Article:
Next Steps Seminar Series with Dr Joanna Howe

Dr Joanna Howe (Adelaide Law School), Heather Stokes (Legoe Chambers); Sean Richter (Mitchell Chambers); Jane Abbey (Len King Chambers); and Stephen Mitchell (Anthony Mason Chambers). Nicholas Lee (AULSS rep).

This semester the Next Steps Seminar Series has been a prominent feature of the Law School timetable. This Series is convened by Dr Joanna Howe, in conjunction with the AULSS, and seeks to provide our students with the inside knowledge on how to best pursue their professional careers post Law School and with crucial contacts and networking opportunities with legal practitioners. With three Law Schools in South Australia, this program aims to provide our students with an edge in the marketplace and with confidence on how to transition from Law School to the profession. We have held four seminars this semester, with each attracting a strong turnout of between 70-90 students.

The first seminar in the Next Steps series for semester two was a special evening session on the topic of ‘Women and the Law’. The Moot Court was packed to capacity to hear our panel of six distinguished South Australian practitioners: Judge Sue Cole (District Court), Claire O’Connor (Anthony Mason Chambers), Kerry Morrow (Laity Morrow), Leah Marrone (Legal Service’s Commission and Young Workers Legal Service), Rose-Marie Read (Elliot Johnston Chambers) and Michelle Evans (Santos).

Many students commented on how refreshing it was to hear women practitioners share openly about their career trajectories and the associated highs and lows. The session concluded with an opportunity for our students to meet the panel over wine and cheese.

This was followed by two lunch time sessions, the first of which, was on the topic of CV writing and interview skills. We timed this session to coincide with when many of our students are embarking on clerkship and graduate interviews. We are grateful to the University Careers Service for assisting with the organisation of this session.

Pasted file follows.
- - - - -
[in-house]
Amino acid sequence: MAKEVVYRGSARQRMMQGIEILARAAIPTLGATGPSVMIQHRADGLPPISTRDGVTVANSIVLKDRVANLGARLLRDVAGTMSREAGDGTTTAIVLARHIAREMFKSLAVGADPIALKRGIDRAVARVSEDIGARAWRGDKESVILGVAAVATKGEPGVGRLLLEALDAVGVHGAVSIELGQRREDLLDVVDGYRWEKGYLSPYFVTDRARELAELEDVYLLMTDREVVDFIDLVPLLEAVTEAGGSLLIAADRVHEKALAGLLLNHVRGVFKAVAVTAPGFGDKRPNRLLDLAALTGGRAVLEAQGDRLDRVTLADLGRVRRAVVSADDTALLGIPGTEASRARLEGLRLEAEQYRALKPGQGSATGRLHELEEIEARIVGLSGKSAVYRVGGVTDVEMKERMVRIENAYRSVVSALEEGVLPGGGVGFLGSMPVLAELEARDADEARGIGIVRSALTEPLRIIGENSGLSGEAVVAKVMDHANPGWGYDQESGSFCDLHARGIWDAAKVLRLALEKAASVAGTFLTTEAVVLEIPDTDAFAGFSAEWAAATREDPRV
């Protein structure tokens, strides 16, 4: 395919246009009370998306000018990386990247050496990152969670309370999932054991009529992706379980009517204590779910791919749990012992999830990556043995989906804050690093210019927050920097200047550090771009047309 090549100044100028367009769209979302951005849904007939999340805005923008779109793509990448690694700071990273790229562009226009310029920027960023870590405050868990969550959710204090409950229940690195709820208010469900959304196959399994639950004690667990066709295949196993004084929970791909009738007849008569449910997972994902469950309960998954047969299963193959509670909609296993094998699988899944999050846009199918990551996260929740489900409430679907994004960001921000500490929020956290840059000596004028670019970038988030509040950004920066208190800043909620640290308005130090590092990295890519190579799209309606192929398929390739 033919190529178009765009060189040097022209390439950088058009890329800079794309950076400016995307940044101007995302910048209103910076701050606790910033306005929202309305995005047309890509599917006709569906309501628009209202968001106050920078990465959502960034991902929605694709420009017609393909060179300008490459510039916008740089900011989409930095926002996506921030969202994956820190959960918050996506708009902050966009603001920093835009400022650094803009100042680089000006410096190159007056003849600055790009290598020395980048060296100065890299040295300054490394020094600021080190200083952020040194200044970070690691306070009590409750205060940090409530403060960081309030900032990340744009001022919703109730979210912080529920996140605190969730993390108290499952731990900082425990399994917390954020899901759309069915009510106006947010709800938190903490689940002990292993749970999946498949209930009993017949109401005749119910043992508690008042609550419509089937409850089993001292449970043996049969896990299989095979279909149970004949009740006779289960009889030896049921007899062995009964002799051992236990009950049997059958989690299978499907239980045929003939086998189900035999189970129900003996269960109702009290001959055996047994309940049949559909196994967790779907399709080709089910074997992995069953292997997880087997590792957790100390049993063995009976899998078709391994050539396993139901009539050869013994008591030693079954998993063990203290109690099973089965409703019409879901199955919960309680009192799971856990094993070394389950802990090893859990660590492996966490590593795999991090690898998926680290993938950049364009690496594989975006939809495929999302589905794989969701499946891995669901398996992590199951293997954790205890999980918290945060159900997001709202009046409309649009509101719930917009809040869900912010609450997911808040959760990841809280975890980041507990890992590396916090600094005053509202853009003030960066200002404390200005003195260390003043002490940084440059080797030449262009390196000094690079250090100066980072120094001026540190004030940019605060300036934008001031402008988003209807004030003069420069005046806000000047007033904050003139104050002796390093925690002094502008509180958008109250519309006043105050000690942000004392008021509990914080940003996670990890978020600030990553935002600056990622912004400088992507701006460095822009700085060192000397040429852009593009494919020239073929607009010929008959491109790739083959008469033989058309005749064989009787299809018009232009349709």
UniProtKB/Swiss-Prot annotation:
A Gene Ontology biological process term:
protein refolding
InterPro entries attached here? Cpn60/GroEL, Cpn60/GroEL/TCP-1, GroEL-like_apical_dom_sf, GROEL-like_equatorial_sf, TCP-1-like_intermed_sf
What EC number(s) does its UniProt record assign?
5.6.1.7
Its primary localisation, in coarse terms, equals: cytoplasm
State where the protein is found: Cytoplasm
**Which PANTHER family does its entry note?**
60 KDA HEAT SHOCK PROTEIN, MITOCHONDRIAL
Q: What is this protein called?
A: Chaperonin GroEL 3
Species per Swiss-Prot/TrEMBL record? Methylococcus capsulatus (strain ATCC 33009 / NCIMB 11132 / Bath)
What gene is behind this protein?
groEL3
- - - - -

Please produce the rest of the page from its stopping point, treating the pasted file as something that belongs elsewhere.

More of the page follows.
A third Next Steps seminar was held on the topic of ‘From Law School to Solicitor – Making the Transition’. This session sought to demystify the journey from Law School into the profession and provided practical advice on job seeking, the MCPD program and GDLP requirements. The Law Society’s Education Manager, Graeme Jobling provided crucial information on these topics, ably assisted by the Acting Dean of Law, David Brown who provided insight into how our graduates can be more career-ready at the time of their graduation. Two former Adelaide Law School graduates, Gabrielle Golding and Sam Hooper of Tindall Gask Bentley Lawyers, provided invaluable personal stories of their transition from Law School into the profession.

In the fourth event of the Next Steps series “Going to the Bar”, students were invited to attend an evening with four prominent South Australian barristers. Attendees were able to mingle with each other and the barristers over a drink before a panel, hosted by AULSS representative Nicholas Lee, allowed each barrister to give their perspective on going to the bar. Heather Stokes opened the evening with advice about the practicality of going to the bar for new lawyers, touching on practicing certificates and the bar readers course. She also regaled our students with stories from her high profile cases, including those of Kelly Lee Pearman and Zialloh Abrahimzadeh. Sean Richter followed on from Heather reiterating the enjoyment and challenges of being a barrister predominantly in criminal law. Sean’s analogy to a barrister being a surgeon and a solicitor being a GP seem to resonate well with our students and cut through some of the confusion between the roles of each position. Jane Abbey gave a paced and well-reasoned speech on her journey to the bar, which countered parts of the previous speaker’s personalities and beneficial claims of being an extrovert. She continued by giving crucial advice about the importance of practical experience being both necessary, and complementing a legal education. Stephen Mitchell finished off the panel with a talk on his journey as a young lawyer who transitioned from firm to chambers including the associated risk and excitement this provided. He also vocalised issues of the current job market affecting recent and upcoming graduates as well as the need to seek out involvement in as many relevant areas as possible.

All in all, the Next Steps seminar series has been very busy this semester but gratefully received by the student body. We have greatly appreciated the support from the South Australian legal profession which has made this series possible.

Dr Joanna Howe
Lecturer, Adelaide Law School

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